Print pageHospital Stays and IV Antibiotic Treatment Continued
You’ll also be allowed to stay with your child while they are having their treatment. There are lots of distractions around, like music, mobiles and toys and you can bring in your child’s favourite games. If there’s anything at all that you’re worried about, talk to the nurses – they’re there to help.
For young babies you will be supplied with bottles and teats. Most hospitals have a selection of baby foods and ready-made bottles of infant formula. If you wish to provide your own then sterilisation equipment can be made available.
Whilst your child is in hospital they will be given regular physiotherapy sessions by the paediatric physiotherapists.
If you are receiving income support or family support benefits then you may be able to claim your travel costs. It is important that you take a letter that shows that you claim one of these benefits. You will be given access to a number of other members of staff as required. Please ask your nurse to arrange it for you:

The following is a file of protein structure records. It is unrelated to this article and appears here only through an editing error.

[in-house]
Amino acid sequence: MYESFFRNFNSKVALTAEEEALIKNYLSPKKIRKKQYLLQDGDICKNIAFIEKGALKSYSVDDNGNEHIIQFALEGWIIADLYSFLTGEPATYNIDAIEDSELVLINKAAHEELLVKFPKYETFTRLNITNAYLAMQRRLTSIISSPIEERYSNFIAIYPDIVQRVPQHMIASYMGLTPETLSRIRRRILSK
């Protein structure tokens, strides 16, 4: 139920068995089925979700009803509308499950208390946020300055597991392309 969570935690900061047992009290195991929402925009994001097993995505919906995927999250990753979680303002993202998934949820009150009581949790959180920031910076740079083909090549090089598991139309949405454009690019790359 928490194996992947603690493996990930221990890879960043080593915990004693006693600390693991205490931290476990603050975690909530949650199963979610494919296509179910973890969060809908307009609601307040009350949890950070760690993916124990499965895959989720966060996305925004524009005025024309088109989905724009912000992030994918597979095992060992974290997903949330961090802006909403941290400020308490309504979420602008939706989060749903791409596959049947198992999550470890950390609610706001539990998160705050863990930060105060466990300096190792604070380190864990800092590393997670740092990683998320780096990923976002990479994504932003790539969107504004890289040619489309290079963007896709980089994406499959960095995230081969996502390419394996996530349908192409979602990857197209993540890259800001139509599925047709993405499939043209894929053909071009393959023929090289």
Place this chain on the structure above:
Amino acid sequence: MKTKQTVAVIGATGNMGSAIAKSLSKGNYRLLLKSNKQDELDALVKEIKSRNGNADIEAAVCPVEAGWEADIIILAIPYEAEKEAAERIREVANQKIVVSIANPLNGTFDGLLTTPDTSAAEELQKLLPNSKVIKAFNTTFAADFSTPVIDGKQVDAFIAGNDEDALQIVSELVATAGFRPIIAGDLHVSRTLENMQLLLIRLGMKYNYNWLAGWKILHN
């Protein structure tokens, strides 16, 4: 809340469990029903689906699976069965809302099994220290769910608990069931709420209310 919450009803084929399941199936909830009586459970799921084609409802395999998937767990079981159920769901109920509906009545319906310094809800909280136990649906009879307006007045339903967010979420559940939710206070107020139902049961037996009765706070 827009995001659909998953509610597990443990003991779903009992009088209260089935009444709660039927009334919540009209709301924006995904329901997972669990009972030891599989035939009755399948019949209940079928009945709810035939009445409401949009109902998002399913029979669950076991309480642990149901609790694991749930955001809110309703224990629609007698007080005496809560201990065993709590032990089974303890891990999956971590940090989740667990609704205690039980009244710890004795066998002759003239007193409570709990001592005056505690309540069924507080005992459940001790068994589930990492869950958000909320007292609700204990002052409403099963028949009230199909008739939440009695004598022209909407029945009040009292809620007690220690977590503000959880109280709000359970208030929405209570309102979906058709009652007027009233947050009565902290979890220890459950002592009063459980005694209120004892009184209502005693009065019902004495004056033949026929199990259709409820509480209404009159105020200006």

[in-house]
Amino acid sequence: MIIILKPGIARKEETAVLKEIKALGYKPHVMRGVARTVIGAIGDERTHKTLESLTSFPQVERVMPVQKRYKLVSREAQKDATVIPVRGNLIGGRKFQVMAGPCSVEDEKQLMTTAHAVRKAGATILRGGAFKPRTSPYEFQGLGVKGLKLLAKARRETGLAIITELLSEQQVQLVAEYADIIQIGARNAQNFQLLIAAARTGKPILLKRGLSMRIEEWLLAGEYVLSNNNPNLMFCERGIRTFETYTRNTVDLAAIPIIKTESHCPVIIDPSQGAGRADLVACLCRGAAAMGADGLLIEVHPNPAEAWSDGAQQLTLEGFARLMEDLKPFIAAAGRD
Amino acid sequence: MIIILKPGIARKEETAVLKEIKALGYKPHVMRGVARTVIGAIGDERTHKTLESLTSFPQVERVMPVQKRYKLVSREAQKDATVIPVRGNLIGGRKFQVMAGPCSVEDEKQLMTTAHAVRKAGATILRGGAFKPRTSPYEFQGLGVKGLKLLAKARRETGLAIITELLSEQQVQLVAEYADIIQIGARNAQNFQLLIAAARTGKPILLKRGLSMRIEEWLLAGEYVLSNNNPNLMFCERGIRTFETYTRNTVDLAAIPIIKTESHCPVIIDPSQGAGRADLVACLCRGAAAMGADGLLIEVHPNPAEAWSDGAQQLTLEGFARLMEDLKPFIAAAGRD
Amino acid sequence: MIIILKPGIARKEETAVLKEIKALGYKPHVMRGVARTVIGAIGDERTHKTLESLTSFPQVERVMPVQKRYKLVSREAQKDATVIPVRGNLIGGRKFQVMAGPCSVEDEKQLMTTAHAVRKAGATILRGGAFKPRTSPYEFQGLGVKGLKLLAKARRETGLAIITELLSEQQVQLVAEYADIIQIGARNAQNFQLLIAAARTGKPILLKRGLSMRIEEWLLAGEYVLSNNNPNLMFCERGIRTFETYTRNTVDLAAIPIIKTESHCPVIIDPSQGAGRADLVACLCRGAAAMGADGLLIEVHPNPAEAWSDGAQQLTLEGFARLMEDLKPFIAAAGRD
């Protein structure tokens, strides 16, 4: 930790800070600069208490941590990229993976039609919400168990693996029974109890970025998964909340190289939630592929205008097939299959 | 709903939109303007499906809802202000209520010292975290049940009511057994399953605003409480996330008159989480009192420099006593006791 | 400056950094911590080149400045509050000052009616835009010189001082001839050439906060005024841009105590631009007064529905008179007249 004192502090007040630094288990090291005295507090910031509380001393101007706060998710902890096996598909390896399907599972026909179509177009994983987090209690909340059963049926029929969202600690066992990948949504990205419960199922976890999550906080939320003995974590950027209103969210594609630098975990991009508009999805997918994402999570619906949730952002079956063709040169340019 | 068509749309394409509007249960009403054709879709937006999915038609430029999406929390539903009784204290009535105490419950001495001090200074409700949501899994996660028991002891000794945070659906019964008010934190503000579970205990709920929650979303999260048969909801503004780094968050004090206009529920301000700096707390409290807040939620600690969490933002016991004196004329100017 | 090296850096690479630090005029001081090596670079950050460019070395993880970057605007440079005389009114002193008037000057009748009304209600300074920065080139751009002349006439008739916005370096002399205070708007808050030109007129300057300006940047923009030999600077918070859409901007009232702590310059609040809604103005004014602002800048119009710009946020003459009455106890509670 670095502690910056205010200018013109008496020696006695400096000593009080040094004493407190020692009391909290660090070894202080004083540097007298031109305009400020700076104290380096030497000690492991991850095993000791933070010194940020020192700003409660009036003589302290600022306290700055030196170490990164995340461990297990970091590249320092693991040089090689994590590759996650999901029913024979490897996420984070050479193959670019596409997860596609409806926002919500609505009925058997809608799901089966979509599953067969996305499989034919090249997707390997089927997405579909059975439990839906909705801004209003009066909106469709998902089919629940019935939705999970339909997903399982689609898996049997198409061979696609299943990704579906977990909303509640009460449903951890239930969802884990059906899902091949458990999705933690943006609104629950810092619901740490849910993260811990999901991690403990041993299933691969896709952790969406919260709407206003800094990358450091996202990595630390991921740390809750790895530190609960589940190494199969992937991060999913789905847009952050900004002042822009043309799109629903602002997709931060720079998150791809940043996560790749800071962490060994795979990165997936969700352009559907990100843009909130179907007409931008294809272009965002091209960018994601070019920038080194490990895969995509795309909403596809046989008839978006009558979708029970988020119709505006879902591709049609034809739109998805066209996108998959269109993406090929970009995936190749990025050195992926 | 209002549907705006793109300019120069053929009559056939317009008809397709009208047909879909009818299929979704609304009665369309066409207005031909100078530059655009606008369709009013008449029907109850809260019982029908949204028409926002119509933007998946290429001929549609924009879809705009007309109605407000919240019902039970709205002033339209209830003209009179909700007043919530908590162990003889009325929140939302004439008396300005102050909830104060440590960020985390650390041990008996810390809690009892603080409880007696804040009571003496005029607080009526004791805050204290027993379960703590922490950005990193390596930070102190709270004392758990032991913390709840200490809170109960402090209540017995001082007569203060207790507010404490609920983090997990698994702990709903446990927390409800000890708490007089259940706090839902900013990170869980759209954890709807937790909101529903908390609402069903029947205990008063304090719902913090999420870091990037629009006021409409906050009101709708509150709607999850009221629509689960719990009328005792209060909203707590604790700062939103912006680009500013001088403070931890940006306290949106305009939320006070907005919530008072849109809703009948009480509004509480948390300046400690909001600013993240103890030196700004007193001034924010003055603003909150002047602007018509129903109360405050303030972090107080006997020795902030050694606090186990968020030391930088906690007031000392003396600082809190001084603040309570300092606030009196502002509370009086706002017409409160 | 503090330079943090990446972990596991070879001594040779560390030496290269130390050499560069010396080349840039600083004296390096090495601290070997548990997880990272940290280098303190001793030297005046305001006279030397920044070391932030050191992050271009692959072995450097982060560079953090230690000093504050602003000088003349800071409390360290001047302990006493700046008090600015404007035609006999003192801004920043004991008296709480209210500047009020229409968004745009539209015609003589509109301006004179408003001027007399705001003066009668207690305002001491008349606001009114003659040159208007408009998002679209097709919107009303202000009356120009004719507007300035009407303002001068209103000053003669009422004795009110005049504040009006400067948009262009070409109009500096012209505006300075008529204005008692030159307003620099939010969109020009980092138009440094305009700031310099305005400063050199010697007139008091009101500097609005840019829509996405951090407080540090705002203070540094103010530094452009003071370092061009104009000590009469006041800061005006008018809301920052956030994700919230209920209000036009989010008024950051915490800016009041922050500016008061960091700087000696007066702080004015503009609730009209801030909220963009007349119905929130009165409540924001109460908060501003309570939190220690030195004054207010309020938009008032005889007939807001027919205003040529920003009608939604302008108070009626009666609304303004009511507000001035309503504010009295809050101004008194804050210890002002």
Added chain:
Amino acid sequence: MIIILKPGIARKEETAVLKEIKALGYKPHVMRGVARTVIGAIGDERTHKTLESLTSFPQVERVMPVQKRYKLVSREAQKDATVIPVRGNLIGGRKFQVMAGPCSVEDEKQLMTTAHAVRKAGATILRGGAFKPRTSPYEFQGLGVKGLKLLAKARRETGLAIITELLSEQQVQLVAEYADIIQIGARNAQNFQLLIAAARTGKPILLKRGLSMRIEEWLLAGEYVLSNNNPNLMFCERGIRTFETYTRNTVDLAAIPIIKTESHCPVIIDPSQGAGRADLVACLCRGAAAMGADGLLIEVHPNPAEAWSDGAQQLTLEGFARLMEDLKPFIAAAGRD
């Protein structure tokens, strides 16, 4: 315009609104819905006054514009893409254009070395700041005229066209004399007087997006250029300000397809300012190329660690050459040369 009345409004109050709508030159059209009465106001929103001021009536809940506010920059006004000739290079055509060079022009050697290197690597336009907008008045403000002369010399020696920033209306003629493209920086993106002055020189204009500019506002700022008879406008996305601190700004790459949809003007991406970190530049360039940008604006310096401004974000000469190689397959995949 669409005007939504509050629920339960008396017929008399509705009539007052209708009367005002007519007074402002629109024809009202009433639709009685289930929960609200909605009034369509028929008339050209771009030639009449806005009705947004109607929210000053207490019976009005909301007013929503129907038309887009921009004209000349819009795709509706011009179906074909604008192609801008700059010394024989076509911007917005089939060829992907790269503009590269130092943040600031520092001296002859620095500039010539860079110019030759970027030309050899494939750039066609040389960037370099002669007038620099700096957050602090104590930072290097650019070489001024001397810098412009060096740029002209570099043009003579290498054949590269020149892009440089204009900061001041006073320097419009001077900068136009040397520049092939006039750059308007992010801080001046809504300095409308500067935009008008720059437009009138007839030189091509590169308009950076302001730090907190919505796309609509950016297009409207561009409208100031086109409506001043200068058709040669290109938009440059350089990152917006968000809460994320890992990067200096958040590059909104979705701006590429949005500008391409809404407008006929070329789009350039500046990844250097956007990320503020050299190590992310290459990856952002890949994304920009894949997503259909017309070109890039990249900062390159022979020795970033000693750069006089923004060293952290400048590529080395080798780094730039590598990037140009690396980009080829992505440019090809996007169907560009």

- Paediatric Respiratory Nurse Specialists – he/she can offer support and advice to families with PCD children.
- Paediatric Social Workers – the social workers offer help and advice to parents and families. They can offer information about sources of help available and, where appropriate, support parents with applications, such as for financial assistance, and help when dealing with statutory and voluntary organisations like housing associations.
- Interpreters – the hospital can arrange for interpreting services if you think you or your child will need them whilst you are staying in hospital. If possible please let the hospital know before your stay and which language you need the service for.
Some children who require frequent intravenous antibiotics may be offered a portacath, a device surgically implanted in the upper chest, just below the clavicle or collar bone, to allow easier access to the bloodstream. These devices last for approximately for 10 years if they are properly maintained. When they are not being used they have to be “flushed” once a month – this will either require you going to the hospital or sometimes the community nurse will come to your house.